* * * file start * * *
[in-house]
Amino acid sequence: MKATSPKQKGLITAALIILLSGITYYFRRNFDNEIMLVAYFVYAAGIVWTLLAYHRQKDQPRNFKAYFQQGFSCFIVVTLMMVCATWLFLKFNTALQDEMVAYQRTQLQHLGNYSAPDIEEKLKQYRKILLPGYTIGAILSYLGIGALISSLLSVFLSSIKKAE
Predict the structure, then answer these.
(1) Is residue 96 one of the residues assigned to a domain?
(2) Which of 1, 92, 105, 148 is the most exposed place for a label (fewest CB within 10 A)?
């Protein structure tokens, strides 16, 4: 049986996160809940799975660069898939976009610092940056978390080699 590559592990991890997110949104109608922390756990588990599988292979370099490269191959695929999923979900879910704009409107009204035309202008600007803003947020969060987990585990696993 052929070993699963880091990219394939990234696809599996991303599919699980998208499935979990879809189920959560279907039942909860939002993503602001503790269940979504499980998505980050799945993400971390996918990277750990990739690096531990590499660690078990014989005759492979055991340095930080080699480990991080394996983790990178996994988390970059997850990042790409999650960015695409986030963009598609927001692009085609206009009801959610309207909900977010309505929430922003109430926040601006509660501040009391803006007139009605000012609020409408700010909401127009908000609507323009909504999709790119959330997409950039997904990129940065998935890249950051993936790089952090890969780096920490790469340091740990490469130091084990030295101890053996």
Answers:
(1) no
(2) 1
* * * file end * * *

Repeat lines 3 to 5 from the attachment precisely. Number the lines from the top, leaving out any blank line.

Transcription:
Predict the structure, then answer these.
(1) Is residue 96 one of the residues assigned to a domain?
(2) Which of 1, 92, 105, 148 is the most exposed place for a label (fewest CB within 10 A)?